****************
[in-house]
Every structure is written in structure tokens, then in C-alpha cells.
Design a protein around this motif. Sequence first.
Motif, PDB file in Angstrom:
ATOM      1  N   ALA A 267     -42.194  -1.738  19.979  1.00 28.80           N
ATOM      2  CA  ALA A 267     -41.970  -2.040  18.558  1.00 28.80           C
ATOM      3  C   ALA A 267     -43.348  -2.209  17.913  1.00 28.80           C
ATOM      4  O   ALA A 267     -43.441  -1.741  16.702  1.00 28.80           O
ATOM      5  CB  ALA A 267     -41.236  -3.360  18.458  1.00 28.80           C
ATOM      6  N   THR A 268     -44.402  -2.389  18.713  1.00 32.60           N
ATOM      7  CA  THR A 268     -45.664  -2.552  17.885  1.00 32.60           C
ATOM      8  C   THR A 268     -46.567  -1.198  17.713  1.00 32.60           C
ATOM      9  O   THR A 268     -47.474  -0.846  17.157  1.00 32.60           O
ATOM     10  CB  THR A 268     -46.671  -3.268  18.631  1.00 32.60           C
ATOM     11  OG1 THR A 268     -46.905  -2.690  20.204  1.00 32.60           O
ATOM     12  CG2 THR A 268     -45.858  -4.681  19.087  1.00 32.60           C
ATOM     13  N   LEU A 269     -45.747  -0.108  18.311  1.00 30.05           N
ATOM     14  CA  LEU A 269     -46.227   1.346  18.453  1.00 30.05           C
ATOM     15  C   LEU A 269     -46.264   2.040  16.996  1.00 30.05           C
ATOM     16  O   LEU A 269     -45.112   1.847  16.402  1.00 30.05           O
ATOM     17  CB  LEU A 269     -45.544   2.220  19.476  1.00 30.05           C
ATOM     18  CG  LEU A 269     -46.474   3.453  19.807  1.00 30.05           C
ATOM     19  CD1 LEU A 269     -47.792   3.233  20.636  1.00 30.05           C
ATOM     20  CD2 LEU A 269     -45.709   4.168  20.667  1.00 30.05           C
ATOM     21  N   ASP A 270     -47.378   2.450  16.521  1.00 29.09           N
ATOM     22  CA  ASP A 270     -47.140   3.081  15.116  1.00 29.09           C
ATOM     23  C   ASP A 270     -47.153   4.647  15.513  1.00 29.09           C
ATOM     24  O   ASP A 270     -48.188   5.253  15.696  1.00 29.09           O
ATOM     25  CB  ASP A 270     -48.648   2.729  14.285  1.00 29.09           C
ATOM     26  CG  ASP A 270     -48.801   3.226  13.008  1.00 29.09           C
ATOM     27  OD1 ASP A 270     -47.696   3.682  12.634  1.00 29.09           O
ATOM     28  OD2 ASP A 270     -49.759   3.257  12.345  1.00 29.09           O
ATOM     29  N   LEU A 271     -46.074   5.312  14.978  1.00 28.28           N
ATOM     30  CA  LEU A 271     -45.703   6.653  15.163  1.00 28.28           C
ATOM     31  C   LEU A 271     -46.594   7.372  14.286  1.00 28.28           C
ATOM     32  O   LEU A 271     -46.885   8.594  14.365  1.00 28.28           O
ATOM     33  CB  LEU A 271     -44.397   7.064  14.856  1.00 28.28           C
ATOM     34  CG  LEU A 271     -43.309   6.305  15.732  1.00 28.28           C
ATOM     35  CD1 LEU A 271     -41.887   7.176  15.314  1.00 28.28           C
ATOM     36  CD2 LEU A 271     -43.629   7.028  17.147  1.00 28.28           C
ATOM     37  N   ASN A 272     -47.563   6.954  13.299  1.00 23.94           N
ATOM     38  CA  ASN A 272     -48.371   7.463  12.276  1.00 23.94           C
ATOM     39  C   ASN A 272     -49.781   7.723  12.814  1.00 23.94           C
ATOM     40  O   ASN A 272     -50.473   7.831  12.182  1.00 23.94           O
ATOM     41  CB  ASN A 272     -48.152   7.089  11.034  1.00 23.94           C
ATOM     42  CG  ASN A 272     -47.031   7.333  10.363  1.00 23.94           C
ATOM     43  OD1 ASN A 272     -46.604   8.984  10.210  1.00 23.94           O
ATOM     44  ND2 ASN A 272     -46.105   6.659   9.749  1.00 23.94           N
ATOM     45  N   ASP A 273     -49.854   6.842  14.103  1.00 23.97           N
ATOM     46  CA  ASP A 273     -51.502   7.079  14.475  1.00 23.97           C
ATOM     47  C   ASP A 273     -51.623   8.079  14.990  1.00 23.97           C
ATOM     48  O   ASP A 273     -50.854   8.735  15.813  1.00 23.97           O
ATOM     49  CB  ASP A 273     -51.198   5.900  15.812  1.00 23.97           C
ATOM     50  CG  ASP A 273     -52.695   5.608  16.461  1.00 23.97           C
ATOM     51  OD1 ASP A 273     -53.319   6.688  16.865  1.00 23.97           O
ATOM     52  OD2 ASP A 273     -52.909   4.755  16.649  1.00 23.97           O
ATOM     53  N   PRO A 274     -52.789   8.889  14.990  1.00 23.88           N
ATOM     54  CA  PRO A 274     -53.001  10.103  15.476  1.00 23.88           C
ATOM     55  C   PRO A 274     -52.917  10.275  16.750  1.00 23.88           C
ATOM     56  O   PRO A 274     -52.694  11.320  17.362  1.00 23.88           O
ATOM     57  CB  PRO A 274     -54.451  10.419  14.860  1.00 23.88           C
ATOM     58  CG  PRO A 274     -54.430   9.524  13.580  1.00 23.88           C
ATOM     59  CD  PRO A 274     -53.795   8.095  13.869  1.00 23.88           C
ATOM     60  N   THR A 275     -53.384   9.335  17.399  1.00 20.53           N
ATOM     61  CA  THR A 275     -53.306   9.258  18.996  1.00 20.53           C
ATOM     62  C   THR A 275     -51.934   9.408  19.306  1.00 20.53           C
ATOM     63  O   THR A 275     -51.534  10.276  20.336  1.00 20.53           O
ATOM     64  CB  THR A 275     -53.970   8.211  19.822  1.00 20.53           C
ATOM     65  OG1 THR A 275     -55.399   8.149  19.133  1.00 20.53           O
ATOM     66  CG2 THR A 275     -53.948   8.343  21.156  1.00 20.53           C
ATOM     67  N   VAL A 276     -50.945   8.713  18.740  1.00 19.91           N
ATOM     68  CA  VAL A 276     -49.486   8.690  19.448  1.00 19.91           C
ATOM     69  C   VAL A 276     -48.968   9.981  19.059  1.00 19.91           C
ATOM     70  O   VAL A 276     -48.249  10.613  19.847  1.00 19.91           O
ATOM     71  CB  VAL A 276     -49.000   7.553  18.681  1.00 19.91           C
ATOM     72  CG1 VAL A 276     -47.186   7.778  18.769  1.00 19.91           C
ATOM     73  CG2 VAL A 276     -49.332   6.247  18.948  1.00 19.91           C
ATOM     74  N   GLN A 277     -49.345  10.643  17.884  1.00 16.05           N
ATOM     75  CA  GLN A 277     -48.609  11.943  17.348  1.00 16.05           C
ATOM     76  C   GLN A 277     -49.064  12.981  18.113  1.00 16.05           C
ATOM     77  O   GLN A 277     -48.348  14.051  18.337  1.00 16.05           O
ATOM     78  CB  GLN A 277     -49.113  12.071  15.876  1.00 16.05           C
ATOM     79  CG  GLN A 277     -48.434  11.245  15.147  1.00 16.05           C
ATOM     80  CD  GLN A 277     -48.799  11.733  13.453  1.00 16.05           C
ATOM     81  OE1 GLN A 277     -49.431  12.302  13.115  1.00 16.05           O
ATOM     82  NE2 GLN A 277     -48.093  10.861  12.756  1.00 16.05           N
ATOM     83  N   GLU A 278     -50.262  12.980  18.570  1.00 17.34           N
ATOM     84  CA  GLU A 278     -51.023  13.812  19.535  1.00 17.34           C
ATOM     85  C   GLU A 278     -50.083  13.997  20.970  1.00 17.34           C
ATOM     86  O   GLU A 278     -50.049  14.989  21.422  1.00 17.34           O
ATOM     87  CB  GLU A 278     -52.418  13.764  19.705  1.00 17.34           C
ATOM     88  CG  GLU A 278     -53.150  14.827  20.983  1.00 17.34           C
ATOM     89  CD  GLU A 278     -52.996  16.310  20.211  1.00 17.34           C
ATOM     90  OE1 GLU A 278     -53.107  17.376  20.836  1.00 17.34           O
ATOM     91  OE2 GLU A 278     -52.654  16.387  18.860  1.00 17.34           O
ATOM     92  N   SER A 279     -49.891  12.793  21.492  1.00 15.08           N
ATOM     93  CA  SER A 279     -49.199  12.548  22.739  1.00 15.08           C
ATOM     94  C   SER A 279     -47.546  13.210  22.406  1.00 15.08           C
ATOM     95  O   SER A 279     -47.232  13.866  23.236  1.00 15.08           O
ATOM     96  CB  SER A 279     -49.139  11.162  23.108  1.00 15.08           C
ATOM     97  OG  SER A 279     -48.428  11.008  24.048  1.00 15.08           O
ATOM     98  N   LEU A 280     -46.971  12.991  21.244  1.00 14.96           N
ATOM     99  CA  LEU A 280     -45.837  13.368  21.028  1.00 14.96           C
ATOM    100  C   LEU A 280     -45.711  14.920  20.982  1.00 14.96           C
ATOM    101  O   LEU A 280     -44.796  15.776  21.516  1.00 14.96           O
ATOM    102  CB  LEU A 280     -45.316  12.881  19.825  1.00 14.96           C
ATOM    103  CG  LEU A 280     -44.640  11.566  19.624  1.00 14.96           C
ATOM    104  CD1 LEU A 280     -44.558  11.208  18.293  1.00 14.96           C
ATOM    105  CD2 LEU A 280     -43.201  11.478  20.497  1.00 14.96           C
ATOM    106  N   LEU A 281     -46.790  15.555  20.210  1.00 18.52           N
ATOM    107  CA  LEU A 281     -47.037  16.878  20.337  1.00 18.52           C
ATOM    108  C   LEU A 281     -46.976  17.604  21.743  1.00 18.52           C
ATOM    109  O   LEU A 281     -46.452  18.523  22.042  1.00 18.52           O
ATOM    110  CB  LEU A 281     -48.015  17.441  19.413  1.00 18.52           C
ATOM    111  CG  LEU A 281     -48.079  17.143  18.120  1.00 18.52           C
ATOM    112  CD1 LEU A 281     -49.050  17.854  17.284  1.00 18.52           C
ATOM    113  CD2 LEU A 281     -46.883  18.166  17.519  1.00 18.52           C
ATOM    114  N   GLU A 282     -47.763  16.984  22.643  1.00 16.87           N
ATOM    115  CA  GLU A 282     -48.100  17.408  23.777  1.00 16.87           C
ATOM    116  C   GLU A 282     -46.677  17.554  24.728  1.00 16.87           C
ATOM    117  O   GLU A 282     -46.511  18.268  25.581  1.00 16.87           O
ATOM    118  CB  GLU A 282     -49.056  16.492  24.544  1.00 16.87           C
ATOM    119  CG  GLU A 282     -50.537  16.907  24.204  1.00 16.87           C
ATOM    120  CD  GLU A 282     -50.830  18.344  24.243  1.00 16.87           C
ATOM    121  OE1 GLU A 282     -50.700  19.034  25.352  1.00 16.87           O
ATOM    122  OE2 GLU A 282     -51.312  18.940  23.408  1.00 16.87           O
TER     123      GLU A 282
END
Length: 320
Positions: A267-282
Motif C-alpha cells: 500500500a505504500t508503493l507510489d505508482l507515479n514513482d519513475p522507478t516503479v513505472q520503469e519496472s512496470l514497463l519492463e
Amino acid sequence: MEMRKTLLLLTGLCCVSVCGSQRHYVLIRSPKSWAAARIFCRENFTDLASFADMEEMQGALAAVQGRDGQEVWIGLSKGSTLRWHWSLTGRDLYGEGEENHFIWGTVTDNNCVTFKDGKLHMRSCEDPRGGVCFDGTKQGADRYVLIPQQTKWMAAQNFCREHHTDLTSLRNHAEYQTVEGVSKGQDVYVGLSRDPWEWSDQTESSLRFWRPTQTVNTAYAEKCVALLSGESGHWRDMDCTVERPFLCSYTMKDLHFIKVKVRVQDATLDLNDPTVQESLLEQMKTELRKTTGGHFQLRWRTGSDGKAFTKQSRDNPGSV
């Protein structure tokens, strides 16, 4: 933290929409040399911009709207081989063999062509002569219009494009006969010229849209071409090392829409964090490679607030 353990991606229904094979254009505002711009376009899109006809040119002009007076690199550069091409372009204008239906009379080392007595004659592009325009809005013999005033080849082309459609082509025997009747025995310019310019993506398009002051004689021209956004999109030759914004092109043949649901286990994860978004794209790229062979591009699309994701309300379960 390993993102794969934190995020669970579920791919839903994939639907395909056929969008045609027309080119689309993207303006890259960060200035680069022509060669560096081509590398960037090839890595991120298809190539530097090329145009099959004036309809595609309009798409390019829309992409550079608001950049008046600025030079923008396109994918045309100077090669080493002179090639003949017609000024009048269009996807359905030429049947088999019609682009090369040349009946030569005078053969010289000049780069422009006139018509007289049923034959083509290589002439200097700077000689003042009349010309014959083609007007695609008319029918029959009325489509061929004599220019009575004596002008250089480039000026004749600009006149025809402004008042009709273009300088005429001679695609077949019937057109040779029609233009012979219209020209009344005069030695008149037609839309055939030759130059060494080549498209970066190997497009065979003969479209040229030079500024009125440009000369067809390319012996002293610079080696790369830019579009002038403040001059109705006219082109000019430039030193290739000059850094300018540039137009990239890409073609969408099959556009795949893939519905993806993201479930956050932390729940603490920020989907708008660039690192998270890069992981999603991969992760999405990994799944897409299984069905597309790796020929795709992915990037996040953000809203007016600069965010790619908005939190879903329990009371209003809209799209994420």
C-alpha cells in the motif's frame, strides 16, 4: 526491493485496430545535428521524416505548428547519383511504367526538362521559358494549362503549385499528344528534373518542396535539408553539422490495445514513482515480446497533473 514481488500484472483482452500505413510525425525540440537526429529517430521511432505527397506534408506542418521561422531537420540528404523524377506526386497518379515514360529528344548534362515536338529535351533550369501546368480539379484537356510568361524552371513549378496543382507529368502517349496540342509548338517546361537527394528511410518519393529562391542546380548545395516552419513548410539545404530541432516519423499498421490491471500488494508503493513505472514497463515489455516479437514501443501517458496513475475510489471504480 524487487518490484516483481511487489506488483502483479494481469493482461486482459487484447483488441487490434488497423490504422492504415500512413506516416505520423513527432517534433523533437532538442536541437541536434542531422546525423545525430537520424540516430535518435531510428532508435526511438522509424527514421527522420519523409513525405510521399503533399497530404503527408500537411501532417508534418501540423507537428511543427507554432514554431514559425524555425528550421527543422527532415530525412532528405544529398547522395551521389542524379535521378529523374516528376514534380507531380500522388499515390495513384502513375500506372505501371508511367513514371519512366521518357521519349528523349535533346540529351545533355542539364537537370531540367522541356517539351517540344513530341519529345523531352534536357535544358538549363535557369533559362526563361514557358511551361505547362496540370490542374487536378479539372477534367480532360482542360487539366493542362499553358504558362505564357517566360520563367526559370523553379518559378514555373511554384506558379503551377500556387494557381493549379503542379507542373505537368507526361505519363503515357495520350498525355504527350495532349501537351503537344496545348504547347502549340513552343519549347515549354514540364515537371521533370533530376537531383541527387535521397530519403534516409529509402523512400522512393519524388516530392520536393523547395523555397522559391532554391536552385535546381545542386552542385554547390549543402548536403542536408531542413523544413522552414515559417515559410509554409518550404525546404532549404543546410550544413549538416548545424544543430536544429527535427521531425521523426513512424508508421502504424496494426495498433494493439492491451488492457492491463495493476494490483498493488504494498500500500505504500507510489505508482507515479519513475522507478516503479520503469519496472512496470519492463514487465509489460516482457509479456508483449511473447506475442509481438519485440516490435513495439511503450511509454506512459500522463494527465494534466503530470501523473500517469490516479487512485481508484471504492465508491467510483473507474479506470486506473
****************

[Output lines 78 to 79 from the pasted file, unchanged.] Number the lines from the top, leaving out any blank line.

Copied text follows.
ATOM     74  N   GLN A 277     -49.345  10.643  17.884  1.00 16.05           N
ATOM     75  CA  GLN A 277     -48.609  11.943  17.348  1.00 16.05           C